"I told them not to laugh at you for April Fools,'" Che told Jost, and the two couldn’t keep it together. "That's the meanest thing you've ever done to me. I'm covered in sweat,” Jost told Che through fits of laughter.

"I was truly like, 'Am I not mic'd?' And then I was like, 'Oh, I just suck," Jost joked.

The crowd broke out in applause for Jost, but he wouldn’t give them the satisfaction of acknowledging them after they refused to laugh at his jokes. "No, no! Don't even dare! Don't you even dare try now."

When it was Jost’s turn to tell his next joke, a bit about Florida Ron DeSantis, Che said, “They’ll probably laugh at this next one.” And the audience did.

The episode was hosted by Abbot Elementary’s Quinta Brunson, who shined in “Traffic Altercation,” a sketch where she and Mikey Day played motorists screaming at each other in traffic. The crux of the bit was that they couldn’t hear what each other was saying, so they had to argue using hand signals.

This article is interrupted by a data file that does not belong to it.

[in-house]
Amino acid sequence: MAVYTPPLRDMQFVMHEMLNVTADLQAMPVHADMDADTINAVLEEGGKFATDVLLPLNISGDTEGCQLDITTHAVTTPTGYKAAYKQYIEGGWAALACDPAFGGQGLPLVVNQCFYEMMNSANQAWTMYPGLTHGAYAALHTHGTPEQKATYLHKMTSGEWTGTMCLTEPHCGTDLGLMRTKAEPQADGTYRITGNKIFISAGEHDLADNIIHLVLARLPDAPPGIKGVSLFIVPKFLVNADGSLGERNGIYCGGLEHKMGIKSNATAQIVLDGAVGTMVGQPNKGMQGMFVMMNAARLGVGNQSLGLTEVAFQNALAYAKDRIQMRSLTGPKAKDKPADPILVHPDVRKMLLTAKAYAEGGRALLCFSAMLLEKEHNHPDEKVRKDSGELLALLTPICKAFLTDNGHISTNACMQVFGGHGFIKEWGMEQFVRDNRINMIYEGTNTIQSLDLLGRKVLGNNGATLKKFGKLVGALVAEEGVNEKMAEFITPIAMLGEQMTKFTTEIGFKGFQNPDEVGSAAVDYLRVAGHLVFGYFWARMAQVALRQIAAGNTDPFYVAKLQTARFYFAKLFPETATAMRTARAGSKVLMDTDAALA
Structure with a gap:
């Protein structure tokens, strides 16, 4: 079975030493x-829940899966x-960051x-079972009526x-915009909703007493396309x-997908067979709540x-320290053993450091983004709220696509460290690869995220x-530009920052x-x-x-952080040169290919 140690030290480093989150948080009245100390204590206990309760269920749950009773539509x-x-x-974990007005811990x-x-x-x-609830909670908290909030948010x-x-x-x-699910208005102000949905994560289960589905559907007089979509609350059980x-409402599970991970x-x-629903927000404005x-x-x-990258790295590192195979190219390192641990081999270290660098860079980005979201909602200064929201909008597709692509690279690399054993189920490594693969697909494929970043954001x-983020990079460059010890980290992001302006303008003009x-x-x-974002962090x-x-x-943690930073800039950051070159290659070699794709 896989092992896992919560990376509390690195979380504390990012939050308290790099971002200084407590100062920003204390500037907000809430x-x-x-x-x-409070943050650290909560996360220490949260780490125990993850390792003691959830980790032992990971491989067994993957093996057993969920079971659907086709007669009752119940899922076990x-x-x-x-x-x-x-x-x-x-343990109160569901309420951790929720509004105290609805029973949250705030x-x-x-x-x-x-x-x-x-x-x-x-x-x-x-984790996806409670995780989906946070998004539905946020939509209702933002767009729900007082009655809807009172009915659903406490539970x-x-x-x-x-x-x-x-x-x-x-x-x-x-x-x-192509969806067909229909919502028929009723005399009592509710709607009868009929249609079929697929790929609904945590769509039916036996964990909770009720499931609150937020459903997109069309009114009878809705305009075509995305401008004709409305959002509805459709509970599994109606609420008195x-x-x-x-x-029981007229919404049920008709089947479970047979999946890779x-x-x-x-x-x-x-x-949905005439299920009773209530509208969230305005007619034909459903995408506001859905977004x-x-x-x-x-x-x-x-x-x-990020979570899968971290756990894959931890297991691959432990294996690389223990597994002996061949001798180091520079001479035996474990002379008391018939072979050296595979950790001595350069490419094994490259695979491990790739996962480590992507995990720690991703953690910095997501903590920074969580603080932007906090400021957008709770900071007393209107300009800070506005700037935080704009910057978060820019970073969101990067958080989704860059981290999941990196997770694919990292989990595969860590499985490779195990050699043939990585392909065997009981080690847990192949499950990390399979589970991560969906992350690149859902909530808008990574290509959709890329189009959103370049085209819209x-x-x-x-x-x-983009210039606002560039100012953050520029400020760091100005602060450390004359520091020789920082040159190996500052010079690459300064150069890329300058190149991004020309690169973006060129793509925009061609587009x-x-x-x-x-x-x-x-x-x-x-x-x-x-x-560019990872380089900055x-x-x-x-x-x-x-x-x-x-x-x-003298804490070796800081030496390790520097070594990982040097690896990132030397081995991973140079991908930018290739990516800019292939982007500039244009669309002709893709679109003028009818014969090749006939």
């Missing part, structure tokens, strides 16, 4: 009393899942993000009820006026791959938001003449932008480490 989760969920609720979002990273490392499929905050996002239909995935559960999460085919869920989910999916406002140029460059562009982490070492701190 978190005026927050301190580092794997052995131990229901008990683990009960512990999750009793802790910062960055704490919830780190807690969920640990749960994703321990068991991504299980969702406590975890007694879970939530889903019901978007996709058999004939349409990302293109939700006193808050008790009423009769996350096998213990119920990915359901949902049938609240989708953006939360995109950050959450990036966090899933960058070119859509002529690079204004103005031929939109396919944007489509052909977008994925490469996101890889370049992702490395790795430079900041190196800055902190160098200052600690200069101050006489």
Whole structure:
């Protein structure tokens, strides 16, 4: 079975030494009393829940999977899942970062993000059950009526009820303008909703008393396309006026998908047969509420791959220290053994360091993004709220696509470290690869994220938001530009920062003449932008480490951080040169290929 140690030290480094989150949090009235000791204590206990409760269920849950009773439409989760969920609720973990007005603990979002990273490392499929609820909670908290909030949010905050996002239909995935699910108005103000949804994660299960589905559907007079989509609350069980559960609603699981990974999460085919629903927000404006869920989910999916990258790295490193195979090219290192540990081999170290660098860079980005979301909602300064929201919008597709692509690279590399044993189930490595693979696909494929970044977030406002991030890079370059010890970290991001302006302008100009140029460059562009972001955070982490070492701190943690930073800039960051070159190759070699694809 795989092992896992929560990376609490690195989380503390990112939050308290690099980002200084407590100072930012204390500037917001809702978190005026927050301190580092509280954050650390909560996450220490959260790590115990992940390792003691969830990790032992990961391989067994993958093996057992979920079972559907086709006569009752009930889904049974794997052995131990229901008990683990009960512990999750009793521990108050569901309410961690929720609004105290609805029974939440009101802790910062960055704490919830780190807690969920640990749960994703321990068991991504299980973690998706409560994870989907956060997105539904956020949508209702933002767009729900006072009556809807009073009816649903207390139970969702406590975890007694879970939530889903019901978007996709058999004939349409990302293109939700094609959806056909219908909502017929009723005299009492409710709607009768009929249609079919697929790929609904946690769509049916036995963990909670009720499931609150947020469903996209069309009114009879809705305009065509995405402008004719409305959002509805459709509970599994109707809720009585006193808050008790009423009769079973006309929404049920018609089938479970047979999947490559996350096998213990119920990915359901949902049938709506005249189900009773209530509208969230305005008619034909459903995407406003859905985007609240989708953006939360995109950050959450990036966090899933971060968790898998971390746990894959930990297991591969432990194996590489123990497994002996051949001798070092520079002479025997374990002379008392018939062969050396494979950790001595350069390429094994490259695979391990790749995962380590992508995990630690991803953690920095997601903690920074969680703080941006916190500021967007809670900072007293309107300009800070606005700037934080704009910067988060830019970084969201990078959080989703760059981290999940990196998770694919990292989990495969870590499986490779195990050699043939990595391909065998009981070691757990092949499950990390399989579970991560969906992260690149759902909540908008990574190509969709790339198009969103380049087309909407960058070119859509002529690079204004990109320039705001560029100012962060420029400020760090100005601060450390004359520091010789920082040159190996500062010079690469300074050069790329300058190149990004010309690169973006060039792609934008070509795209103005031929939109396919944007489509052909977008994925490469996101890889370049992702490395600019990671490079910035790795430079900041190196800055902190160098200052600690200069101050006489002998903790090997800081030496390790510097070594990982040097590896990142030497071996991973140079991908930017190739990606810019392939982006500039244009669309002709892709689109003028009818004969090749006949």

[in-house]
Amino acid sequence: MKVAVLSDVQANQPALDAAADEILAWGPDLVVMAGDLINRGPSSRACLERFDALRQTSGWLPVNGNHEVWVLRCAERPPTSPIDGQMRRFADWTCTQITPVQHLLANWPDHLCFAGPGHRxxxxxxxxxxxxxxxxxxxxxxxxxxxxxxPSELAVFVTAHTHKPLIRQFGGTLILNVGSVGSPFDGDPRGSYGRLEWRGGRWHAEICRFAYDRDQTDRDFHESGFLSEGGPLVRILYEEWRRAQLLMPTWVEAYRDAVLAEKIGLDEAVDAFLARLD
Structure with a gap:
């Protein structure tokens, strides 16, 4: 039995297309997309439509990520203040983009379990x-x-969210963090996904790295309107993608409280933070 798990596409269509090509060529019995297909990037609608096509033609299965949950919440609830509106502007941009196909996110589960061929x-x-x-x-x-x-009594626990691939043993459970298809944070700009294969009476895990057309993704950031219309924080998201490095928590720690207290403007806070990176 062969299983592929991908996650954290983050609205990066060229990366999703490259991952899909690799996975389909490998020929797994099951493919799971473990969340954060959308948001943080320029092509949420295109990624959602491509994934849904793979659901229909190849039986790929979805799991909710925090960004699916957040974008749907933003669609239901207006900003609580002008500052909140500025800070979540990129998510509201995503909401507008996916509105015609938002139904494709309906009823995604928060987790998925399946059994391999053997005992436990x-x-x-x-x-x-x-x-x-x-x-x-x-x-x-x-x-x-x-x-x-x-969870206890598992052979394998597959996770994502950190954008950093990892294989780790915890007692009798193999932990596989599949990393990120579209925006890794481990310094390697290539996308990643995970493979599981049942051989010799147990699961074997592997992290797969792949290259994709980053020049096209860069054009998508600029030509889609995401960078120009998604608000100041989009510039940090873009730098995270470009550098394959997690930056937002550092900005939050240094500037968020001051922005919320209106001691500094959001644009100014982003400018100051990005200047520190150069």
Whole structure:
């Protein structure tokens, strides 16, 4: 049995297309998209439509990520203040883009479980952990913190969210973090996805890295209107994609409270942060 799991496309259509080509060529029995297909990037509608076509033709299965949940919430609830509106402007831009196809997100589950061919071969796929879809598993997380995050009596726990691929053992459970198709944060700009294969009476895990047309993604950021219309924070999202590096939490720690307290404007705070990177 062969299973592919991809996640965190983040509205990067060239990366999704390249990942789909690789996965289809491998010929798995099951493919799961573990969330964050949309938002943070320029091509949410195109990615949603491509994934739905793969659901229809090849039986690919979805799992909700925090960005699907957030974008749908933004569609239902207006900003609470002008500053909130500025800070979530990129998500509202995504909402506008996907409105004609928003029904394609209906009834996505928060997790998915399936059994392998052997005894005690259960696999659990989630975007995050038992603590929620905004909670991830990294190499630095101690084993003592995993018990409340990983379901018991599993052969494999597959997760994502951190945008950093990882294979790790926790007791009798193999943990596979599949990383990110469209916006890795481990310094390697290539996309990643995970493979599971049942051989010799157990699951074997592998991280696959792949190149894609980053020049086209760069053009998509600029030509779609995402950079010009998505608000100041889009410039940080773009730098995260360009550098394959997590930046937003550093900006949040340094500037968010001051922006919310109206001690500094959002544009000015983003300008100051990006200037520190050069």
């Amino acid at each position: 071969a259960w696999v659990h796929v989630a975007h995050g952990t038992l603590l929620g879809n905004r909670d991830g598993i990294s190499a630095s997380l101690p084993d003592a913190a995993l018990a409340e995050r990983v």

This article originally appeared on 4.3.23

Family

This body-positive campaign for men’s underwear is fantastic.

Aerie's men's underwear line has the Internet talking.

American Eagle's underwear brand, Aerie, released a campaign targeting men earlier this year.

And it's absolutely lovely.


All photos and GIFs via Aerie Man/YouTube.

The first thing you might notice about Aerie Man is its models: They're not what you'd typically see in a men's underwear line.

The brand — launched with the tagline, "the real you is sexy" — features models of all shapes, sizes, and colors. And just like its line of women's underwear, the photos and videos of Aerie Man models go through "absolutely no retouching."

The campaign is lighthearted and a bit tongue-in-cheek (pun intended).

There's Kelvin, who loves using his selfie stick.

And Devon, who enjoys boogying down in his living room.